9 Pre-Existing Conditions The AHCA Would Charge More For

Last month, Republicans in the U.S. House of Representatives passed by a narrow margin a revived version of the American Health Care Act — a.k.a. Trumpcare. The GOP bill, which will repeal and replace the Affordable Care Act, puts insurance coverage at risk for millions of Americans. But people with pre-existing conditions will feel the brunt of the pain, as Trumpcare does little to protect them from higher premiums and discrimination. In fact, here are nine pre-existing conditions that women have that Trumpcare will charge more for.

The Senate is close to passing its rewritten version of the AHCA, which the Trump administration wants to see action on by end of next month, according to CNBC. Although the Senate will make changes to the House version of the misguided bill, it is expected to keep in tact — in some form — the Trumpcare amendment that would allow states to opt-out of key ACA provisions. This would have devastating consequences for people with pre-existing conditions, as benefits are likely to vanish and premiums are expected to climb.

According to the Kaiser Family Foundation, most of the conditions listed below were once used to charge people higher insurance premiums or deny coverage entirely. But, as Money reported, health policy experts believe there are other ailments that can cause premiums to skyrocket.

Anorexia & Bulimia

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Eating disorders, particularly anorexia nervosa and bulimia nervosa, were once reasons for insurance companies to deny people insurance coverage. Although eating disorders impact everyone, women and girls are more likely to suffer from anorexia and bulimia, according to the National Eating Disorders Association.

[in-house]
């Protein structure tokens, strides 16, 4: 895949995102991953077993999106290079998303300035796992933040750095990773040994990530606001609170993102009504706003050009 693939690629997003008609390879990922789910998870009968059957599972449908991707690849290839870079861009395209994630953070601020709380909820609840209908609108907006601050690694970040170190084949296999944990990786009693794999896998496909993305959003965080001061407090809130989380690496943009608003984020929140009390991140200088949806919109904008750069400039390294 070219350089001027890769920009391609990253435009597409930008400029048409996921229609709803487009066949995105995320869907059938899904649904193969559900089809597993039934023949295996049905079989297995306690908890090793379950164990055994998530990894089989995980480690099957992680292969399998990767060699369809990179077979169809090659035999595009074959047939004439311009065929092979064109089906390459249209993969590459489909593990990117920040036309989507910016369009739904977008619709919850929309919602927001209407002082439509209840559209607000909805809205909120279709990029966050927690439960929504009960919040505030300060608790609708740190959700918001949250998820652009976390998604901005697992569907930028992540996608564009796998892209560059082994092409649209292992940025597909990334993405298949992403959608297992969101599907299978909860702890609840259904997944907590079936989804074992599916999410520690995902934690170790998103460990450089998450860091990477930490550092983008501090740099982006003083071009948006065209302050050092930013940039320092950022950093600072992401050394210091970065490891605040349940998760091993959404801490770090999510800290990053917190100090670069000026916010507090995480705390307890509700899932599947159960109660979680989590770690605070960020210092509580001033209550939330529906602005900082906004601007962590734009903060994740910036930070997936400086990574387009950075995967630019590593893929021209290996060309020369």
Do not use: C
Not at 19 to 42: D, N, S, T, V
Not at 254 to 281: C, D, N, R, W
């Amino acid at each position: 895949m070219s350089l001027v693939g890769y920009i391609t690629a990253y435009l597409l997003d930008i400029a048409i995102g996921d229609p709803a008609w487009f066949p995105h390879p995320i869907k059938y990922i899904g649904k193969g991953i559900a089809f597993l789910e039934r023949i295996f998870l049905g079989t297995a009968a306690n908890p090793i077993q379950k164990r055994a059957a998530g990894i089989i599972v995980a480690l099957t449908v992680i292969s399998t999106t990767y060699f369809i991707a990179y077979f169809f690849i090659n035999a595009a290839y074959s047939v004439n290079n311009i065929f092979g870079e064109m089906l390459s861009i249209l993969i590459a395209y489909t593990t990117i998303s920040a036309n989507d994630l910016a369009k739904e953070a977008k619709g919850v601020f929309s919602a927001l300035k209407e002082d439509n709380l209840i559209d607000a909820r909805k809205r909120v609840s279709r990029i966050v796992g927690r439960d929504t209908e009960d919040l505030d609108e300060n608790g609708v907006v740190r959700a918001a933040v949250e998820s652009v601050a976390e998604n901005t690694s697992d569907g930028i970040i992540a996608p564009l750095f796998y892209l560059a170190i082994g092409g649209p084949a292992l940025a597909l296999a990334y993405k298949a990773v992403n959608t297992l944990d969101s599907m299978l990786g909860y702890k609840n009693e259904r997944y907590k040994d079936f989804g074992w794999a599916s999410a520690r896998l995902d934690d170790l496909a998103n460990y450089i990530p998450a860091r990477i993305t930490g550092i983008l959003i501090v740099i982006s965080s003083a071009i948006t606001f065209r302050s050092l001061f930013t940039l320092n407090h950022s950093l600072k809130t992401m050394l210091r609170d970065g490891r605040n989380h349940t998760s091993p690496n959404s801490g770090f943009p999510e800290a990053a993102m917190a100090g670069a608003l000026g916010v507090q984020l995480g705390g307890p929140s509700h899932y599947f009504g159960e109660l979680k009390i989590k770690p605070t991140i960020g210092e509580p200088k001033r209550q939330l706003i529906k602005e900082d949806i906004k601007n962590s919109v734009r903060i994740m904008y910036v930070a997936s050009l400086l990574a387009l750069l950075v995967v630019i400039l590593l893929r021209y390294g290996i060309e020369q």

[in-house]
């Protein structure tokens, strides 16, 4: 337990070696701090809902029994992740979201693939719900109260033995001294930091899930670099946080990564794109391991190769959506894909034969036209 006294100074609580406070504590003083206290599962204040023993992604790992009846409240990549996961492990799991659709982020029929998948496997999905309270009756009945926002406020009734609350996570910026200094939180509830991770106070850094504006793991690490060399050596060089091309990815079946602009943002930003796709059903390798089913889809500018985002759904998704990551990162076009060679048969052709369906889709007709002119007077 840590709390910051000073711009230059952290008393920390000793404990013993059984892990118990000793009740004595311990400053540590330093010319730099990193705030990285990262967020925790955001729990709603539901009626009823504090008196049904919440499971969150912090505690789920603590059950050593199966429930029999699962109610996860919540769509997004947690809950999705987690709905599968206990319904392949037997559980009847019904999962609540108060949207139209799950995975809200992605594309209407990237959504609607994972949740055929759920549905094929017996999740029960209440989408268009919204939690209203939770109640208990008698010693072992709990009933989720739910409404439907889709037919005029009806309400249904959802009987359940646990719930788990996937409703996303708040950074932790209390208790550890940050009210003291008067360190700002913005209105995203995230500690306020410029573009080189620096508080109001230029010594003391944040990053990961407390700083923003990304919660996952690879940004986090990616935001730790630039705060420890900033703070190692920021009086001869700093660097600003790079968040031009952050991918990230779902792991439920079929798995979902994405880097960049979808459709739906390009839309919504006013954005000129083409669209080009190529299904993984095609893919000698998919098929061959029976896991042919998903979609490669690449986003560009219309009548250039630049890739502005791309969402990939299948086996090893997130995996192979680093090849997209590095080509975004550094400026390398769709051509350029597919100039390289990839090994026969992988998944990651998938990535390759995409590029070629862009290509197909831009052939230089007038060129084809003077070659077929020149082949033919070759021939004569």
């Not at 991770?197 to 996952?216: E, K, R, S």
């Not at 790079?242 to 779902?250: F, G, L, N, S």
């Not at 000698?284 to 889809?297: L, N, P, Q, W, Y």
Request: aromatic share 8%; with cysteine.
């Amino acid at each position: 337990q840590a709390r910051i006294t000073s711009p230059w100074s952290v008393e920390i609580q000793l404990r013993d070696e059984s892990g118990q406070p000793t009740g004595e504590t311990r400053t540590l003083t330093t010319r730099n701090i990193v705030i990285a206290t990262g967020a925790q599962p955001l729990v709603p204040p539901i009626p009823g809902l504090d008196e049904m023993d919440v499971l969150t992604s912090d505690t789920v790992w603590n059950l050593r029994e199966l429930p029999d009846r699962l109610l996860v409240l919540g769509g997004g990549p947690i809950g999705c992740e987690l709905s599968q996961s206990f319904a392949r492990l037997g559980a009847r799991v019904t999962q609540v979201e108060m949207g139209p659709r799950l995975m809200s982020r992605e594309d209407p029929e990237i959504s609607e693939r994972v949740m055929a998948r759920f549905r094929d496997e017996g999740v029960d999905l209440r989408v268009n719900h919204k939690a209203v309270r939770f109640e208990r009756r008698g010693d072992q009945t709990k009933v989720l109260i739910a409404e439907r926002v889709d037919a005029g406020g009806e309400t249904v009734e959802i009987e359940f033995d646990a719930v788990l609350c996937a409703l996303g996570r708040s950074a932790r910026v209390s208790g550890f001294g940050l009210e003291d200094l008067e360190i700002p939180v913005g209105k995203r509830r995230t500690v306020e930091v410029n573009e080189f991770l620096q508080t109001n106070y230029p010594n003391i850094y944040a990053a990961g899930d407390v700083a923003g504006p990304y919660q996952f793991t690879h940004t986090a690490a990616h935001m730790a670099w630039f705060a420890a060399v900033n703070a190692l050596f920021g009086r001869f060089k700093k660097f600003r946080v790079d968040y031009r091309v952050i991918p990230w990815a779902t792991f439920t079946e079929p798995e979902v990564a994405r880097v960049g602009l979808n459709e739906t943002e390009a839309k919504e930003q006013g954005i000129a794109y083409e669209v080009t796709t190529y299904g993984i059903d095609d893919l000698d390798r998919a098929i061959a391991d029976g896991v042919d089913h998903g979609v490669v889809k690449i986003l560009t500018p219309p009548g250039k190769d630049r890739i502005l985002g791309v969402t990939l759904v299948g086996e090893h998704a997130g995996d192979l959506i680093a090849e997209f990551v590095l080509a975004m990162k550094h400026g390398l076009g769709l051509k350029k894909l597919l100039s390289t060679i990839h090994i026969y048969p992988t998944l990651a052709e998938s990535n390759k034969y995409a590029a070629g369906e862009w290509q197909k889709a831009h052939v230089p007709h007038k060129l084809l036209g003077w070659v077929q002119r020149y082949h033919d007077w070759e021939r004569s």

Breast Cancer

According to the National Breast Cancer Foundation, one in eight women will be diagnosed with breast cancer in their lifetime. Breast cancer is one of a number of cancers that insurance companies considered a pre-existing condition prior to the passage of the Affordable Care Act. Under Trumpcare, breast cancer survivors could be stuck paying tens of thousands of dollars more for insurance, according to the Center for American Progress.


According to ThinkProgress, a spokesperson for Anthem Blue Cross once said that "having a child is a matter of choice" to justify why it would charge higher premiums to pregnant people, as well as not insure pregnancy-related care. And, according to CBS News, many insurers look at pregnant people as inherently riskier clients who are more expensive to insure. The Affordable Care Act mandated carriers to cover maternity care, but that requirement would not apply in states that waive that provision under Trumpcare.

Gender Identity

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Before the Affordable Care Act, transgender people were denied health insurance because of their gender identity. Although the ACA wasn't a full solution, the landmark reform expanded coverage to hundreds of thousands of trans youth and trans adults. But Trumpcare threatens to take that away.


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Delivering by C-section increases your chances of needing the procedure in your next pregnancy. According to a 2008 article in the New York Times, many insurance carriers have denied coverage to people who've had C-sections because they don't want to pay for future Cesarean operations. Other companies would charge higher prices or "factor in chronic or recurring problems that might have led" to a C-section birth, ThinkProgress reported.

Postpartum Depression

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According to the U.S. Centers for Disease Control and Prevention, one in nine parents experience postpartum depression (PPD). Under the Affordable Care Act, new moms living with PPD were able to access affordable treatment and support because of the law's essential health benefits provisions. But that's one of provisions states can waive, which means people dealing with postpartum depression may once fall back into the shadows.

Sexual Assault & Domestic Violence

Although sexual assault and domestic violence happens to everyone, women and trans women are more likely to be victims. According to the Rape, Abuse & Incest National Network, one out of every six women in the United States has been raped or sexual assaulted in her lifetime, while FORGE reports that one in three trans girls have experienced sexual violence. One in three women have also been victims of domestic violence, according to the National Coalition Against Domestic Violence. Before ACA, some insurance carriers would reject applications of domestic violence or sexual assault survivors because of the related medical treatment, according to CNN. Trumpcare could once again allow companies to treat either issue as a pre-existing condition.